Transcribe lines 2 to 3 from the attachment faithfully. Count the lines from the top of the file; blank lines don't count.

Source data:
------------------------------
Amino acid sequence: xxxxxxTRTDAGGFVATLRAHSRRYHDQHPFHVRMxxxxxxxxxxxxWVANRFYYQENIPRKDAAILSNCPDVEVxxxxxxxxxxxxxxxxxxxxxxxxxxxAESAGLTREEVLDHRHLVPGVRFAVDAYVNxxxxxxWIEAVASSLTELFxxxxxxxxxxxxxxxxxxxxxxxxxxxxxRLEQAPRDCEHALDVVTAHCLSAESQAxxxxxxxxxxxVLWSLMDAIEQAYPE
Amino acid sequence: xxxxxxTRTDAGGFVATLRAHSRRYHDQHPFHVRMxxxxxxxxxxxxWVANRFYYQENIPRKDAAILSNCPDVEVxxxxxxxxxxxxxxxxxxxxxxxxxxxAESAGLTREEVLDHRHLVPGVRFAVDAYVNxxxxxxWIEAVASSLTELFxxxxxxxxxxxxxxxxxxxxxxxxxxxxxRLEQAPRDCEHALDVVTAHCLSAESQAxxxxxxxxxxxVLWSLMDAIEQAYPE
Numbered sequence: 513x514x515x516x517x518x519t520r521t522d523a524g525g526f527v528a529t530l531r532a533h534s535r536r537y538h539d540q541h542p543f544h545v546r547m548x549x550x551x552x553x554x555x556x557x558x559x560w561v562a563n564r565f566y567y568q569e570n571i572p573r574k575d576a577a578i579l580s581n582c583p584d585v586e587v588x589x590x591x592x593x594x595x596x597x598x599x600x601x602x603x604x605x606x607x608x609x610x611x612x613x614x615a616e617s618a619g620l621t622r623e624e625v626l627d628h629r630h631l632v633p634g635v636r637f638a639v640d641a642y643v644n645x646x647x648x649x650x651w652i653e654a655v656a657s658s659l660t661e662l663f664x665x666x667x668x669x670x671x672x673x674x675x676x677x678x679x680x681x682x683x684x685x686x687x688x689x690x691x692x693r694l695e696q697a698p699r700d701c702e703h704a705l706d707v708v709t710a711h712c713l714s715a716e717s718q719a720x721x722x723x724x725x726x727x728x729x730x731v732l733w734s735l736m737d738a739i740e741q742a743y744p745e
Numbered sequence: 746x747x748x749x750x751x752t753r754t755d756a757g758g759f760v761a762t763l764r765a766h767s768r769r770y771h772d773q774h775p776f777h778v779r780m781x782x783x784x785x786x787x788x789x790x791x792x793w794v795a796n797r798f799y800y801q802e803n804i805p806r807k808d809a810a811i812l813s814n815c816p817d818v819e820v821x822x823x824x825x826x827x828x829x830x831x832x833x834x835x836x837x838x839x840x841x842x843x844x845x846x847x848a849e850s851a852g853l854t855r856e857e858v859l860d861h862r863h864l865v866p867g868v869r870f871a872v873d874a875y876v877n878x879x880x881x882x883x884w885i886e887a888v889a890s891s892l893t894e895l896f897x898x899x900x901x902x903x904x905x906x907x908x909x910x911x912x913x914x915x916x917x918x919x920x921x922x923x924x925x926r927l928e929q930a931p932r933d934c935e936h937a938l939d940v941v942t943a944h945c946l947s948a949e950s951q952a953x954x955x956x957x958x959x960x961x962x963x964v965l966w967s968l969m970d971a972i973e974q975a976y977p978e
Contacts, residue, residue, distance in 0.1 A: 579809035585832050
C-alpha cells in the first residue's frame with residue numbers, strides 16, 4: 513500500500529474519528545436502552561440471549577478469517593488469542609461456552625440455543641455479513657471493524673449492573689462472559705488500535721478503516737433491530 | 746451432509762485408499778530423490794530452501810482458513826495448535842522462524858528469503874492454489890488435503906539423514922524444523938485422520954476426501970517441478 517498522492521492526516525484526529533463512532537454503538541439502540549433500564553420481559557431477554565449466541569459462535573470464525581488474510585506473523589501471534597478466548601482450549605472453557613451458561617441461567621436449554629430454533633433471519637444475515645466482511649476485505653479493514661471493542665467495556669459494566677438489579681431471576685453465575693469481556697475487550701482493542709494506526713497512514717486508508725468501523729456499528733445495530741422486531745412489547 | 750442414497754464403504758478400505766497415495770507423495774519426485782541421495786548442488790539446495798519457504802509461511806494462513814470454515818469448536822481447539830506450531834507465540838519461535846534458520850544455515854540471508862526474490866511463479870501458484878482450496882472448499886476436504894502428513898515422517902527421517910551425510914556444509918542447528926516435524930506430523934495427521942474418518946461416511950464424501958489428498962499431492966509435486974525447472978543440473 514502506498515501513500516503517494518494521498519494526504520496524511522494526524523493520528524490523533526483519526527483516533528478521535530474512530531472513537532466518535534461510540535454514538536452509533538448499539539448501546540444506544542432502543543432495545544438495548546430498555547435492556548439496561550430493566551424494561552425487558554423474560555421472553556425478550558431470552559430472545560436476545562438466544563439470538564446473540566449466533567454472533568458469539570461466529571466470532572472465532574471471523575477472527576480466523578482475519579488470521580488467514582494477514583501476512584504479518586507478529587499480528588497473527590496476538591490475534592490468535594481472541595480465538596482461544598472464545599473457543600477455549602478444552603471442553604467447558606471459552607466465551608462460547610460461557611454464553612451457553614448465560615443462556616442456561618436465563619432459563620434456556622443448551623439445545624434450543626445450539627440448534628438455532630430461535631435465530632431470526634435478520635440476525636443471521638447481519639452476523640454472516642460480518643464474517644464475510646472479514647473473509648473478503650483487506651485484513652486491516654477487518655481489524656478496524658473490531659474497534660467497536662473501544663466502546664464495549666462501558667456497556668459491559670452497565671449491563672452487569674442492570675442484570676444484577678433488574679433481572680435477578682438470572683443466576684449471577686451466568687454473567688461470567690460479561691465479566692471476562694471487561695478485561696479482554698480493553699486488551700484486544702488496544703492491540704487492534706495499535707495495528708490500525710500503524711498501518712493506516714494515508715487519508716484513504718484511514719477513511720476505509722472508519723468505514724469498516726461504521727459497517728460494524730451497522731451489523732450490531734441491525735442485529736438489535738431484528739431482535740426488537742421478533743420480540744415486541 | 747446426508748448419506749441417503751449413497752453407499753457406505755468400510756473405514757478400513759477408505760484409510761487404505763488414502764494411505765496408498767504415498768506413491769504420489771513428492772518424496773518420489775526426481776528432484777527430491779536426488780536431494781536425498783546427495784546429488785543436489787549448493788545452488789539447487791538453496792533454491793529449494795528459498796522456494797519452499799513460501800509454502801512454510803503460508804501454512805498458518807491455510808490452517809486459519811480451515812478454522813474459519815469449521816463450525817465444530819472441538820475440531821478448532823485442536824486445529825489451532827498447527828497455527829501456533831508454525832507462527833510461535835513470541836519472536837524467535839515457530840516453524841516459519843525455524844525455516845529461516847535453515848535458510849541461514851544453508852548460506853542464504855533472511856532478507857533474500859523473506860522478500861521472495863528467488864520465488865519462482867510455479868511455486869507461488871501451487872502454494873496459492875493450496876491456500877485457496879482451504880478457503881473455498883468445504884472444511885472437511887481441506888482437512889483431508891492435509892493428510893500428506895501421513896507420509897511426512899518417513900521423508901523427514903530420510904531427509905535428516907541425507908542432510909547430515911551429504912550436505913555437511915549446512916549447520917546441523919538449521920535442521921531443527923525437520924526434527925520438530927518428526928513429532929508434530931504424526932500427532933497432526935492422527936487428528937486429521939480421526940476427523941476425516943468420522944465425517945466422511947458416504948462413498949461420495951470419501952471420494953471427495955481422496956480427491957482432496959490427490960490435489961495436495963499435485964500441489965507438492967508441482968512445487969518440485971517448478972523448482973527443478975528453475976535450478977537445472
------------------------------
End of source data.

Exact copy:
Amino acid sequence: xxxxxxTRTDAGGFVATLRAHSRRYHDQHPFHVRMxxxxxxxxxxxxWVANRFYYQENIPRKDAAILSNCPDVEVxxxxxxxxxxxxxxxxxxxxxxxxxxxAESAGLTREEVLDHRHLVPGVRFAVDAYVNxxxxxxWIEAVASSLTELFxxxxxxxxxxxxxxxxxxxxxxxxxxxxxRLEQAPRDCEHALDVVTAHCLSAESQAxxxxxxxxxxxVLWSLMDAIEQAYPE
Numbered sequence: 513x514x515x516x517x518x519t520r521t522d523a524g525g526f527v528a529t530l531r532a533h534s535r536r537y538h539d540q541h542p543f544h545v546r547m548x549x550x551x552x553x554x555x556x557x558x559x560w561v562a563n564r565f566y567y568q569e570n571i572p573r574k575d576a577a578i579l580s581n582c583p584d585v586e587v588x589x590x591x592x593x594x595x596x597x598x599x600x601x602x603x604x605x606x607x608x609x610x611x612x613x614x615a616e617s618a619g620l621t622r623e624e625v626l627d628h629r630h631l632v633p634g635v636r637f638a639v640d641a642y643v644n645x646x647x648x649x650x651w652i653e654a655v656a657s658s659l660t661e662l663f664x665x666x667x668x669x670x671x672x673x674x675x676x677x678x679x680x681x682x683x684x685x686x687x688x689x690x691x692x693r694l695e696q697a698p699r700d701c702e703h704a705l706d707v708v709t710a711h712c713l714s715a716e717s718q719a720x721x722x723x724x725x726x727x728x729x730x731v732l733w734s735l736m737d738a739i740e741q742a743y744p745e